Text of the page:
Skip To Main Content

West High Student Wins Spot in International Science Program

Two Utah high school students who were finalists in the University of Utah Science & Engineering Fair (USEF) will attend the prestigious WebValley online summer school. WebValley admitted 20 students total, only five of whom live in the United States. WebValley is a data science and artificial intelligence program run by the Fondazione Bruno Kessler, a top research institute based in Italy—this year the students will attend virtually.

Clara Tandar and her project

Clara Tandar, a senior at West High School, and Tarun Martheswaran, a senior at The Waterford School, were invited to apply to the competitive program because their USEF projects had qualified for the International Science & Engineering Fair (ISEF), although ISEF was canceled due to COVID-19. Their projects are titled Aurora Kinase Inhibitor Synergy Screen to Enhance Chemotherapeutic Sensitivity and An Enhanced Early Detection Model of Dengue Fever Outbreaks Using SEIR Infectious Disease Epidemiological Compartments, Generalized Linear Regression Relationships, and Statistical Computing, respectively.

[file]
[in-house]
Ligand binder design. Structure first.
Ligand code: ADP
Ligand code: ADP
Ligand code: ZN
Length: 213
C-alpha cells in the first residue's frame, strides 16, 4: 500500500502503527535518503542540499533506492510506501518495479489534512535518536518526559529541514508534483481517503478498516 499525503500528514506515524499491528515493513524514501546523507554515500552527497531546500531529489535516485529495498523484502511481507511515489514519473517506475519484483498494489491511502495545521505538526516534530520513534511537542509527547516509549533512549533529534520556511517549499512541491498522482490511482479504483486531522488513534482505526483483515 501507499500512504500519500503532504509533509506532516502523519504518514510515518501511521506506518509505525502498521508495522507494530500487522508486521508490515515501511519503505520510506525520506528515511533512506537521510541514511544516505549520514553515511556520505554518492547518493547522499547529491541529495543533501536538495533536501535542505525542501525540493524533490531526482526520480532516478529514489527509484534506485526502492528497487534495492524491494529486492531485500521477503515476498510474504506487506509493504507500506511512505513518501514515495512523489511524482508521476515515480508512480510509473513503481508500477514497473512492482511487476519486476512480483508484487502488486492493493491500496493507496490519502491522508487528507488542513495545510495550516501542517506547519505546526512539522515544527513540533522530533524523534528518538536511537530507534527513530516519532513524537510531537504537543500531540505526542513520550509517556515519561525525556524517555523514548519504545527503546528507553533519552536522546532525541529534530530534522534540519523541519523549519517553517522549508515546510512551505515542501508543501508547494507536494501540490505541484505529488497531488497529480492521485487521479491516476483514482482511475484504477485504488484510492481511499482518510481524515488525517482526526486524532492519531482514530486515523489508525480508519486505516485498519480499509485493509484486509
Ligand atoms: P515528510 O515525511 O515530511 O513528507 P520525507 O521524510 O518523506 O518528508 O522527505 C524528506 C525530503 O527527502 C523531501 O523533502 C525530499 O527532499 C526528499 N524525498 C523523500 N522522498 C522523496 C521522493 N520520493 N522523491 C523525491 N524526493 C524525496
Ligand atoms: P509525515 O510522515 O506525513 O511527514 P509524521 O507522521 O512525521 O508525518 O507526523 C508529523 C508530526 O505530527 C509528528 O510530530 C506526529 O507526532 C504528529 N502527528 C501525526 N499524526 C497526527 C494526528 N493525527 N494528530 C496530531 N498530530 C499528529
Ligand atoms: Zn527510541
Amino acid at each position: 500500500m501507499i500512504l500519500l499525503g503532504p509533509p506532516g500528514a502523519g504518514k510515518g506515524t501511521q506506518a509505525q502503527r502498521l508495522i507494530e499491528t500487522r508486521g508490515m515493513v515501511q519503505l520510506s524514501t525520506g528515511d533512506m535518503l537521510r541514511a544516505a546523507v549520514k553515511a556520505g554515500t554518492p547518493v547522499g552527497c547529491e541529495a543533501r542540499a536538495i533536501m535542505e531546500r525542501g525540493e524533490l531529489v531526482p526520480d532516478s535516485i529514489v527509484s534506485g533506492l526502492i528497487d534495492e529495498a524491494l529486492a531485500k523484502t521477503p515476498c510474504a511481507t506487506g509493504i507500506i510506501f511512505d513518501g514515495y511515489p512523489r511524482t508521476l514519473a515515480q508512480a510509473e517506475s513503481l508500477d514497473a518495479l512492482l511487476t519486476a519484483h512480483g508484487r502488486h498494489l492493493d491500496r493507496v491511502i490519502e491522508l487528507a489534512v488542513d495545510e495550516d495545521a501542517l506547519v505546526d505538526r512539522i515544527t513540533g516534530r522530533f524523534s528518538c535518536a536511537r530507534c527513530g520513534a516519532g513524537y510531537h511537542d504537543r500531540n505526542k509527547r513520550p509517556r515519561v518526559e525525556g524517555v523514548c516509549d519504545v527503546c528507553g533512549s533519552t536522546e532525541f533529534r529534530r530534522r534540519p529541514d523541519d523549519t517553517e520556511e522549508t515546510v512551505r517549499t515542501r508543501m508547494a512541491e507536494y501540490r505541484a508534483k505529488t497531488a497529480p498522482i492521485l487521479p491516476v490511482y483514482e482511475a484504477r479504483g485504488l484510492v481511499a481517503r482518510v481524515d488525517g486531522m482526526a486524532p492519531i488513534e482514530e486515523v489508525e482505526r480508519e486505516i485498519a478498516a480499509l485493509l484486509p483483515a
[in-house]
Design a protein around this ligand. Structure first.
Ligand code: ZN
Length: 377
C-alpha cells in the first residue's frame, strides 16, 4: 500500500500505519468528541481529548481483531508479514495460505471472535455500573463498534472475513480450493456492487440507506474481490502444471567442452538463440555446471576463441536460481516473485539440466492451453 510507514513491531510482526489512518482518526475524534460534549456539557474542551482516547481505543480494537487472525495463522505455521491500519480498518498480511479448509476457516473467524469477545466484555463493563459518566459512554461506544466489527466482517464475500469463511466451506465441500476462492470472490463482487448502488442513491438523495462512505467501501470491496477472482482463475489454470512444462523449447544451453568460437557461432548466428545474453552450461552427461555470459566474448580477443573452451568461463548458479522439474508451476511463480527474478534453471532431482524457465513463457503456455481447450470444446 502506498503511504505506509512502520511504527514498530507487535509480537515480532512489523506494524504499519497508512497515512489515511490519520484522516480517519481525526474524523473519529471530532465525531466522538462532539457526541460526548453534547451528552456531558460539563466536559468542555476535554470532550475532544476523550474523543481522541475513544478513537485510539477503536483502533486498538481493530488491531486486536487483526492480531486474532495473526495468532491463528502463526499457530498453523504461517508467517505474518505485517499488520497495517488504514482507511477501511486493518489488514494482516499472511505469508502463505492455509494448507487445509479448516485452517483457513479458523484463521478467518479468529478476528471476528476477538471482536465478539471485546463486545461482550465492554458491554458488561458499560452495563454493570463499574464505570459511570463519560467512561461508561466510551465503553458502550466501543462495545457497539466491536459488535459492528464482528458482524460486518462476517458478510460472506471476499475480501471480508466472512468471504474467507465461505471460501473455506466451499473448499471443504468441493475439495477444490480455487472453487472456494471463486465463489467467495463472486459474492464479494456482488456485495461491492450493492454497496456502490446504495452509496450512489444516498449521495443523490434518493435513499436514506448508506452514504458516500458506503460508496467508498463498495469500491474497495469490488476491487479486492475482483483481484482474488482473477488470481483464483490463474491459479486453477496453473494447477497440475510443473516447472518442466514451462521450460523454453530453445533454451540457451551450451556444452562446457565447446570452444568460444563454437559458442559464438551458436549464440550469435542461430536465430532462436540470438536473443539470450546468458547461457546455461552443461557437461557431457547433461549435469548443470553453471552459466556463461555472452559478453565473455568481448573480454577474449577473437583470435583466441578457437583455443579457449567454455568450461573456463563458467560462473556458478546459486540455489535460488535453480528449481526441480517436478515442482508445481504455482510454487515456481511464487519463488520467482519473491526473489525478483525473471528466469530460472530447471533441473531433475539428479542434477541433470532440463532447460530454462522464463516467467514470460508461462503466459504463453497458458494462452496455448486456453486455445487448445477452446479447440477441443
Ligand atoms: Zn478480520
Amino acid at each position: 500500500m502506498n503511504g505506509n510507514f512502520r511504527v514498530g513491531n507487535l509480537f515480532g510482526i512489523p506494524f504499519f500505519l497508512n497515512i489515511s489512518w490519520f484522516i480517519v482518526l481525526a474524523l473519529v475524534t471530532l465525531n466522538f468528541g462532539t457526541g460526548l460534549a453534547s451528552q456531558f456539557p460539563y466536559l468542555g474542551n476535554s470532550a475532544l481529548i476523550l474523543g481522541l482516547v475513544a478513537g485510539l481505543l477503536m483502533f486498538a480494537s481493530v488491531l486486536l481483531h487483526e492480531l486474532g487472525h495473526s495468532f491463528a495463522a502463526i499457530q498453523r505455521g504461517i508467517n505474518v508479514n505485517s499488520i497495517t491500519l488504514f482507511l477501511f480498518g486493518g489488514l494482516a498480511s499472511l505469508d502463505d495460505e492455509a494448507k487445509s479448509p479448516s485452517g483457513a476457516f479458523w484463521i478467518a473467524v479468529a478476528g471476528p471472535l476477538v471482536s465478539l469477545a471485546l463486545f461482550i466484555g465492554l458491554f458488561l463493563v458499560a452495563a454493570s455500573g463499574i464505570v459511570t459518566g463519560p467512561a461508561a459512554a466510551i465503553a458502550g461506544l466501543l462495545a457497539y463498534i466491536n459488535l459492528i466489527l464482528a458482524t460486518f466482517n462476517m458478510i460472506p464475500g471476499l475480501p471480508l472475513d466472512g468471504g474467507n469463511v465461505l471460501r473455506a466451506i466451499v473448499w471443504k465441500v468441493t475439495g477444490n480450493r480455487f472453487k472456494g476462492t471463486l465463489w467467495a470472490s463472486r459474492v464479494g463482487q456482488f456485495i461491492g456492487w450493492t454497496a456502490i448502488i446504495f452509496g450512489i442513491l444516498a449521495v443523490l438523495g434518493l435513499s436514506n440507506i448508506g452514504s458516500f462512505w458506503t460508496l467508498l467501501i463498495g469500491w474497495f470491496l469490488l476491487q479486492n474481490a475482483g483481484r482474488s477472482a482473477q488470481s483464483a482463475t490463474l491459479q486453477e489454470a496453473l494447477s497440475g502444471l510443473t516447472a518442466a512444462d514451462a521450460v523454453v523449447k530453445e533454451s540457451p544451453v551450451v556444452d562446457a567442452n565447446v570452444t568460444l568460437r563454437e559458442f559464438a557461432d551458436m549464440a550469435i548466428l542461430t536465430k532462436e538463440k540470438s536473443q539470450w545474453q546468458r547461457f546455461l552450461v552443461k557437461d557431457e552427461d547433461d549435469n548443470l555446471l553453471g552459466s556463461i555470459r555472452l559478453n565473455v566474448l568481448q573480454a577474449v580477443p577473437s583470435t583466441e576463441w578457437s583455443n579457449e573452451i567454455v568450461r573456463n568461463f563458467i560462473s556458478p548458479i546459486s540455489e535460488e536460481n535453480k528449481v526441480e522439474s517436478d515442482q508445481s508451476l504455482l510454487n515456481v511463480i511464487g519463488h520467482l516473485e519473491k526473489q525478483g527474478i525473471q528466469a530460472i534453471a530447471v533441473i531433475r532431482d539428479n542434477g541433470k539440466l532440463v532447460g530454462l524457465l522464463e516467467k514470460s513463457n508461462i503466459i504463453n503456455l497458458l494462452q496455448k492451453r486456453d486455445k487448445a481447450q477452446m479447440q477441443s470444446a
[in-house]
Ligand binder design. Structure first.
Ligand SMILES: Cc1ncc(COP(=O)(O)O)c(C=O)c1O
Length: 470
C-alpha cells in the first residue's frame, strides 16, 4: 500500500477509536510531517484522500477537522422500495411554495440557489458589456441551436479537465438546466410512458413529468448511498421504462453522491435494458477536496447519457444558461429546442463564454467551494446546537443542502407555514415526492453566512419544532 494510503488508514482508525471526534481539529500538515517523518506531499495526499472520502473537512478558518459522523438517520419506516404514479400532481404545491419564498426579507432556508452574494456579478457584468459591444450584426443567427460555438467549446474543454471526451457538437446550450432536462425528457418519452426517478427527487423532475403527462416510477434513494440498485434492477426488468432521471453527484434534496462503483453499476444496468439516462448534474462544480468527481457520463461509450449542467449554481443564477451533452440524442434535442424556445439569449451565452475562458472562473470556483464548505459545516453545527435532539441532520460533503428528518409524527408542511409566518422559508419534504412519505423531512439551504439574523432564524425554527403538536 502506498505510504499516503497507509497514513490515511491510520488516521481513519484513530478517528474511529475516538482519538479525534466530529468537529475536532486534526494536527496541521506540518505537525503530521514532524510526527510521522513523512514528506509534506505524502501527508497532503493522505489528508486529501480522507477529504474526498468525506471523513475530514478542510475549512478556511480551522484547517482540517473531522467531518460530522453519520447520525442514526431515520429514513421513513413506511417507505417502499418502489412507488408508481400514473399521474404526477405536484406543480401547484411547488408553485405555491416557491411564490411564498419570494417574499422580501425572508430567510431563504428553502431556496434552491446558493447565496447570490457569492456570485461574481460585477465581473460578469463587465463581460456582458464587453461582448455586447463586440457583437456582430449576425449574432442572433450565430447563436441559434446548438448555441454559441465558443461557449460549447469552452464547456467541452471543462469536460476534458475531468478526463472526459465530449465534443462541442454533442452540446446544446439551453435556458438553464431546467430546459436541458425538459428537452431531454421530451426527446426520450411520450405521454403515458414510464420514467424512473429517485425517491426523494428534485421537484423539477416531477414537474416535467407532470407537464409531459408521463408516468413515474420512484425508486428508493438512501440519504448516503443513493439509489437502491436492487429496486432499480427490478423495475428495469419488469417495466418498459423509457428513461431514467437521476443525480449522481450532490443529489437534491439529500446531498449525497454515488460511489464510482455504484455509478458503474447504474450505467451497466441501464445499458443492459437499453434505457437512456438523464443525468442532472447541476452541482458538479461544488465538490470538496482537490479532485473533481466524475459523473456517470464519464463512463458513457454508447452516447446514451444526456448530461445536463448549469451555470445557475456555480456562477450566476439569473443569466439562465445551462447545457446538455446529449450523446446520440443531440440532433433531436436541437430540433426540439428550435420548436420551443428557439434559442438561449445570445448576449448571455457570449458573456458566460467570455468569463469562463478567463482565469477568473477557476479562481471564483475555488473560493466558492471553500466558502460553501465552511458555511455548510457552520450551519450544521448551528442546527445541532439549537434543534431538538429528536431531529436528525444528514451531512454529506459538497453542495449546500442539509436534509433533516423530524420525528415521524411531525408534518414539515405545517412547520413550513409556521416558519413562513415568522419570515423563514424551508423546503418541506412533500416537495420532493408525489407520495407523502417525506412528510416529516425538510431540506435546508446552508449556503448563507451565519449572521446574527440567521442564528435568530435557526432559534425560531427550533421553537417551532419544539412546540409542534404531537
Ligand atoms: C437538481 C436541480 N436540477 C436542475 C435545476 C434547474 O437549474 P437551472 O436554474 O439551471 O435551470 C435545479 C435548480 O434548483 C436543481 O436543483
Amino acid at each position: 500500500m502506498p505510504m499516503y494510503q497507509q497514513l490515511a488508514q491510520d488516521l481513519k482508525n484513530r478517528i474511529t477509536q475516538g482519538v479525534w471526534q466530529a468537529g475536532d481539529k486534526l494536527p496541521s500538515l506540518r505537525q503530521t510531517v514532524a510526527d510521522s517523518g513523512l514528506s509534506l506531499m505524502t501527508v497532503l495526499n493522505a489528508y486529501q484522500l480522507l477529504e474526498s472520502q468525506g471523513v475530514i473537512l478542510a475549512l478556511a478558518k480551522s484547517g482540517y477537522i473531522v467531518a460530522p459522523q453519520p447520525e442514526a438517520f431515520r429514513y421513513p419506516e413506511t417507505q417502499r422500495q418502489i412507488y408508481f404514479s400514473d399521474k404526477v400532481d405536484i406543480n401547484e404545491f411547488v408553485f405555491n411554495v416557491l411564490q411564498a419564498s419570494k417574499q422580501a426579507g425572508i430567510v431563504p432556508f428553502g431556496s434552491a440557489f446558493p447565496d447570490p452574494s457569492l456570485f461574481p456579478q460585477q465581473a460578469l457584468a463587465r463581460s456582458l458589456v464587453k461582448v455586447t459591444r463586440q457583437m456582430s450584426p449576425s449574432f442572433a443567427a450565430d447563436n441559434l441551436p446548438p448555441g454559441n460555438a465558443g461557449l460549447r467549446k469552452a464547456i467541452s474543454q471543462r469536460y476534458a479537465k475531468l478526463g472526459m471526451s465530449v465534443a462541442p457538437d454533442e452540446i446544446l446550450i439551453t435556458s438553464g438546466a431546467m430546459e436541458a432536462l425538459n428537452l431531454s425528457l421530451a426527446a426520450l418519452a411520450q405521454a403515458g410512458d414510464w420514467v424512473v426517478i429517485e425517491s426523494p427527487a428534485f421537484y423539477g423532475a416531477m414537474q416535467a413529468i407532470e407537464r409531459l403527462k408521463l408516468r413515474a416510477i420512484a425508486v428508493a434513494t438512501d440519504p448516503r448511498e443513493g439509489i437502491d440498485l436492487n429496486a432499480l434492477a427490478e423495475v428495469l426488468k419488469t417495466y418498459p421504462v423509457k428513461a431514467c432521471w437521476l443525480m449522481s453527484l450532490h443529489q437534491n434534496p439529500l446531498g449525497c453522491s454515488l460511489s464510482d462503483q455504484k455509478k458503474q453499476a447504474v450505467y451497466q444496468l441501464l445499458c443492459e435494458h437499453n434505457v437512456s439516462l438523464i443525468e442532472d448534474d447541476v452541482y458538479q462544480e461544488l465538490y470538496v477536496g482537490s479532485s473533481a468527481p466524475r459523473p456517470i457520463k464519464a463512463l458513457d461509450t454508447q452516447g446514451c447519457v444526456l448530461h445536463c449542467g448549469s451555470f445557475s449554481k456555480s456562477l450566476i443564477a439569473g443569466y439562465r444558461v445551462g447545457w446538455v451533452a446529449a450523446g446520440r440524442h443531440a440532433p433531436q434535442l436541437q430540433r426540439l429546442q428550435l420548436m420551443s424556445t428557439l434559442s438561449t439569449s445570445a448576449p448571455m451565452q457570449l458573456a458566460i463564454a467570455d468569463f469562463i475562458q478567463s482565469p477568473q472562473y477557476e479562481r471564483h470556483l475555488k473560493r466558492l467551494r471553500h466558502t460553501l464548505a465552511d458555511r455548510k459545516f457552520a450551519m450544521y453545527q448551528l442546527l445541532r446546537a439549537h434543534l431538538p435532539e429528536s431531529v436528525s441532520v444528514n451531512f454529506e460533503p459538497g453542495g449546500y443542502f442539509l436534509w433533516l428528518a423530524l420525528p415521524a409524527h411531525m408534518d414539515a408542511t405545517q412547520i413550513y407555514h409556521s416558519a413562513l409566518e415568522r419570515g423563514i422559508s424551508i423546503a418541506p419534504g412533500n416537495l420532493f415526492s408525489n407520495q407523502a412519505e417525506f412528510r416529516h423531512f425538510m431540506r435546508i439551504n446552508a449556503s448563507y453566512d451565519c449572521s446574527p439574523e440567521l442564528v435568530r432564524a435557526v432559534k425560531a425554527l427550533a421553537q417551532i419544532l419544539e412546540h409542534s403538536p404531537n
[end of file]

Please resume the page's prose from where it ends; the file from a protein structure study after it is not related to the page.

“These students are doing graduate-level research for their projects. They’re incredibly motivated and have taken their own initiative to become scientists,” said Jody Oostema, program manager for USEF at the U’s Center for Science & Mathematics Education since 2005. Oostema coordinates the annual spring event at The Tower in Rice-Eccles Stadium, finds the 250 qualified judges—half of whom are U faculty—and acts as a mentor to the USEF Student Advisory Board.

Tandar has competed in the Utah fair since 2017. In May of her sophomore year, she connected with Trudy Oliver, associate professor and HCI Endowed Chair in cancer research whose lab focuses on drug response and drug resistance in lung cancer, one of the leading causes of cancer-related deaths in America.

Tandar’s project dealt with small-cell lung cancer (SCLC), a highly aggressive form of lung cancer. People with SCLC have lower survival rates due to a lack of effective therapies. For her science fair project, Tandar investigated various drug combinations to determine the most cytotoxic treatments through a primary and secondary drug screen.

“Dr. Oliver is amazing, Every time I’m in the lab, I learn so much from everyone.” Tandar said. “She gave me a lot of independence with this project, while still being so generous with her skill and guidance. It’s an amazing experience that I am lucky to have.”

Tandar is thrilled to be participating in WebValley to improve her computational biology skills, including coding and single-cell sequencing.

“It’s an amazing opportunity,” Tandar said. “There are few experiences like it available to kids my age. Especially from an interdisciplinary approach to computational biological research.”